CLOSE-UP of a PIGGY BANK sitting in a DIRECTOR'S CHAIR.
Started in 1999, the fund serves as the piggy bank for Virginia's film incentives. According to the production alliance, the $1.575 million invested in it over its life has attracted $118 million from productions working in the state.
In 2006, the fund was allotted $1.25 million. For 2007, its budget was zero. That's why, as of June, the state has lost three films.
7. EXT. BOSTON -- AERIAL VIEW, ZOOM IN TO FILM SET ON A CITY STREET -- DAY
We see director RICHARD KELLY working on set. The Richmond native built his reputation on the cult hit "DONNIE DARKO," and followed that up with "SOUTHLAND TALES," starring JUSTIN TIMBERLAKE, DWAYNE "THE ROCK" JOHNSON and SARAH MICHELLE GELLAR (out now, though not in Richmond).
Richard Kelly may be in Boston, but "The Box," is set in Richmond. Richard wrote the film for his hometown, complete with scenes set at Collegiate School and Inns of Virginia. He scouted locations here with Andy Edmunds. But Massachusetts officials offered producers $4.2 million in incentives for the $16 million film.
The director leads his stars -- CAMERON DIAZ, JAMES MARSDEN and FRANK LANGELLA -- around an imaginary Richmond up north.
Meanwhile, across town
Director ROD LURIE works on his set in Boston. He has a lot of Richmond loyalty, having worked on about 10 projects here, including "THE CONTENDER" and the TV series "LINE OF FIRE" and "COMMANDER IN CHIEF."
Unfortunately, Virginia is sort of out of the loop of filmmaking right now. As much as we really love shooting there, it's very problematic now.
It's gotten worse in the sense that Virginia apparently doesn't have the same belief in the economics of having a film come to town. I can't convince financiers to spend 25 to 30 percent more to shoot in Virginia than they would anywhere else.
Rod's just finished shooting a movie in Memphis called "Nothing but the Truth," about a female reporter in Virginia.
Now Memphis can boast that it can double for Virginia or D.C. Furthermore, [Tennessee] incentivizes us to use locals. That then gets more people employed from the local areas. You guys are [only] gonna get the films that must be shot there for whatever reason.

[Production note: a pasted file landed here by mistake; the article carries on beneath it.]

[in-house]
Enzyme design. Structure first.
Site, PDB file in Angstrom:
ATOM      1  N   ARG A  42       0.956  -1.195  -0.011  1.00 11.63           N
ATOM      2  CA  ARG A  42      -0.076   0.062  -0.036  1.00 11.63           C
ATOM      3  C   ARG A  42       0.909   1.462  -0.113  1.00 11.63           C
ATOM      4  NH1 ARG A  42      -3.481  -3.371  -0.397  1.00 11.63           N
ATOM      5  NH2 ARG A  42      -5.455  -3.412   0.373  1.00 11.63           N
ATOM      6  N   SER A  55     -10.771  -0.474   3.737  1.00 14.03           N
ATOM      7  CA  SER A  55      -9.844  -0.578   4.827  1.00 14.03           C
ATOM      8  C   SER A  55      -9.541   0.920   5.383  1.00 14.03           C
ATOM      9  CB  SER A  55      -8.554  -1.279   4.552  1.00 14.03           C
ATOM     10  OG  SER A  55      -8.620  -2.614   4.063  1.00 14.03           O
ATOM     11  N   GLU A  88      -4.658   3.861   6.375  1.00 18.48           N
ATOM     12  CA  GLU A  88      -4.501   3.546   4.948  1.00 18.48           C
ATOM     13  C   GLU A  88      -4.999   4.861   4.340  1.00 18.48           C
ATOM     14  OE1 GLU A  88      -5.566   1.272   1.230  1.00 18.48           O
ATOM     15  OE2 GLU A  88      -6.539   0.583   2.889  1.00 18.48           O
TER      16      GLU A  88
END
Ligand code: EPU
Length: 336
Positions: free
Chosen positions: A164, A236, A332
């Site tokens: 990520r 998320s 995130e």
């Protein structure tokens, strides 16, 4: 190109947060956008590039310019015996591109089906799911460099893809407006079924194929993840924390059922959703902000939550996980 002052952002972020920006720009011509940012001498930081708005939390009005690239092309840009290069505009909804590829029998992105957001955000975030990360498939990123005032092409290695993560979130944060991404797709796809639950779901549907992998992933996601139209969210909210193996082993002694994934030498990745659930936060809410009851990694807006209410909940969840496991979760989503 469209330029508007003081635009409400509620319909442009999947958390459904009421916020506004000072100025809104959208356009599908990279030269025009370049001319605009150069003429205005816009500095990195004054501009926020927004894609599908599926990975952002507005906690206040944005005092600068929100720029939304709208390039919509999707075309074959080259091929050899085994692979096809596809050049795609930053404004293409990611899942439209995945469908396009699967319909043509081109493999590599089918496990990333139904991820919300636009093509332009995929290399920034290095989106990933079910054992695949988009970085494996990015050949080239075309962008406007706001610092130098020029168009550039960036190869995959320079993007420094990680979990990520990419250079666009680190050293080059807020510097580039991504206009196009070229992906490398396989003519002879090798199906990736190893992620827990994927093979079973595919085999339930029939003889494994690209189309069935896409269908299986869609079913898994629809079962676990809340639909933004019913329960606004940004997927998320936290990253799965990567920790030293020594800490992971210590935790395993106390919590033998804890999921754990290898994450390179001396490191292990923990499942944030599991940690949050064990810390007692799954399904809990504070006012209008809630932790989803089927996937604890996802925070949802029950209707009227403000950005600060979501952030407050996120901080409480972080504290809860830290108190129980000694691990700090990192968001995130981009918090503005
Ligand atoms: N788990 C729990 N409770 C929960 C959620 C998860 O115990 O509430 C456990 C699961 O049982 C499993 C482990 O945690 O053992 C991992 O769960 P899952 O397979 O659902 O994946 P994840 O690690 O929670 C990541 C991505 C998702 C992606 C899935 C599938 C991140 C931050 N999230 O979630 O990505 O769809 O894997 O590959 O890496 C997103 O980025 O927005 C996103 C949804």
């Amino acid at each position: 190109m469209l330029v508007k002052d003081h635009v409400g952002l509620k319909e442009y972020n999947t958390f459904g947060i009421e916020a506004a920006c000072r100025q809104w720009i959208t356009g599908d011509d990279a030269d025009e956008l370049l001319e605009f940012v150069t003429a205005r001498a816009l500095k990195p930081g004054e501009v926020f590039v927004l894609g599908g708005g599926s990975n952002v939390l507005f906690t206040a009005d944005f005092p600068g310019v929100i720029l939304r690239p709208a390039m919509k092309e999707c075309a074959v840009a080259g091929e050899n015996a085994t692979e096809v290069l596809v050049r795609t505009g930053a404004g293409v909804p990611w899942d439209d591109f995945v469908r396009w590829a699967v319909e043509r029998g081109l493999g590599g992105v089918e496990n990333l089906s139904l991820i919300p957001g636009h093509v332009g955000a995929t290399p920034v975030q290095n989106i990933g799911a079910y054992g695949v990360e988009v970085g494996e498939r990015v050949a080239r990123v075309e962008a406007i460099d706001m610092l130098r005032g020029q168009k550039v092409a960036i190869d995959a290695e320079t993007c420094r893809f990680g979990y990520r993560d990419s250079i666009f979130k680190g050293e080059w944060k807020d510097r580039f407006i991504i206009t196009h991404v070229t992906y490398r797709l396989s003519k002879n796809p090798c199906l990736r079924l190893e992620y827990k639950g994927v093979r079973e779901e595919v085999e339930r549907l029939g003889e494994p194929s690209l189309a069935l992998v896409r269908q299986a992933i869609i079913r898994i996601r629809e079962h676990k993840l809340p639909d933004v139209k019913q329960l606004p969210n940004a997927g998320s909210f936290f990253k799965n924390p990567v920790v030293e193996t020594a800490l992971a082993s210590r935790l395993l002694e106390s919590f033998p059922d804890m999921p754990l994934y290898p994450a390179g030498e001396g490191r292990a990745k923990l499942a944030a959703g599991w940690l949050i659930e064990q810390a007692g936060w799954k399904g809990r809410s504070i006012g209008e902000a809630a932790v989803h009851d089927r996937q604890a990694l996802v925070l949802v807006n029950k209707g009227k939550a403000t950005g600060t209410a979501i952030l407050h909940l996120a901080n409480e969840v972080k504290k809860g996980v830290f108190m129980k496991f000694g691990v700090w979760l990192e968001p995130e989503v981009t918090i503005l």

8. DREAM SEQUENCE -- INT. VIRGINIA'S HALLS OF POWER -- DAY
The halls of power in the Virginia GENERAL ASSEMBLY, where a HYPOTHETICAL OLD-SCHOOL LEGISLATOR, a HYPOTHETICAL LOCAL FILMMAKER and a HYPOTHETICAL HOLLYWOOD FAT CAT discuss the merits of incentive programs. Behind them, ELVES ride UNICORNS.
Now you tell me -- why should I, in a state with the most financially stable economy in the nation, just throw money at those Hollywood fat cats? We've got real problems here in our glorious commonwealth. Transportation crime. Elves?
That's a valid concern, friend. Here's how it works. A film comes to the state and, after completing production, gets back a percentage of its investment. That happens through tax credits, which they can sell to local businesses, or grants, as refunds. The going rate is a return of about 20 to 25 percent of what the production spends.
ANDY (dressed as '80s rock star)
They don't get a dime until they've spent a dollar. That's a quote we like to use.
Andy grows WINGS, flies away.
So why would we bother giving them any money back? How's that gonna help us?
Because of what that money does once it hits the economy. For every dollar spent by a production here, $14.30 ends up going back into the economy.
Is that right?
Well, that's what a recent VCU study found. Now, Virginia won't support tax credits, but a grant given at the end of the production might sweeten the deal for out-of-state film companies that won't have to mess with selling tax credits back. The Film Office estimates that with no money in the budget this year, the state lost 50 to 60 million dollars. That's jobs for a lot of Virginia production people.
HOLLYWOOD FAT CAT (sidling up)
Ahem. We, ah, we would want to bring our own people in, though.
The Filmmaker and the Legislator look at him, aghast.
(sitting on Unicorn)
It's true. The trend is for a film company to bring in its own people --
at the very least the keys, or the heads of the various teams: camera, electrical, wardrobe, etc.
So an incentive program has to encourage the film company to hire locals without discriminating against out-of-state folk, since the feds won't appreciate that.
But if an incentive sweetens the deal enough, the production hires out locals for, as another VCU study determined, an average salary of about $60,000 in Central Virginia and $51,000 statewide. That's why it benefits most states to allow incentives in proportion to how much local talent is used. Right now it's also a double whammy to people in the production community who are caught -- there's no work here to be had, but they can't always go to other states because their incentives favor employing their own locals. So they keep moving.
9. INT. BARN -- DAY
We see a wiry man with a BRIGHT TATTOO down his left arm running and then falling out a window onto a pad. Also, he's ON FIRE.
Meet Kid Richmond, formerly Jake Richmond. The 27-year-old is a Virginia-based stuntman. He's licensed to set himself on fire for movies, but also works with his sponsor, a maker of fire-retardant gel, at military trade shows. That and the occasional commercial have been his bread and butter for the seven years he's been back here since moving from L.A. He says networking is one of the most important things for locals -- with other locals, and with imported productions.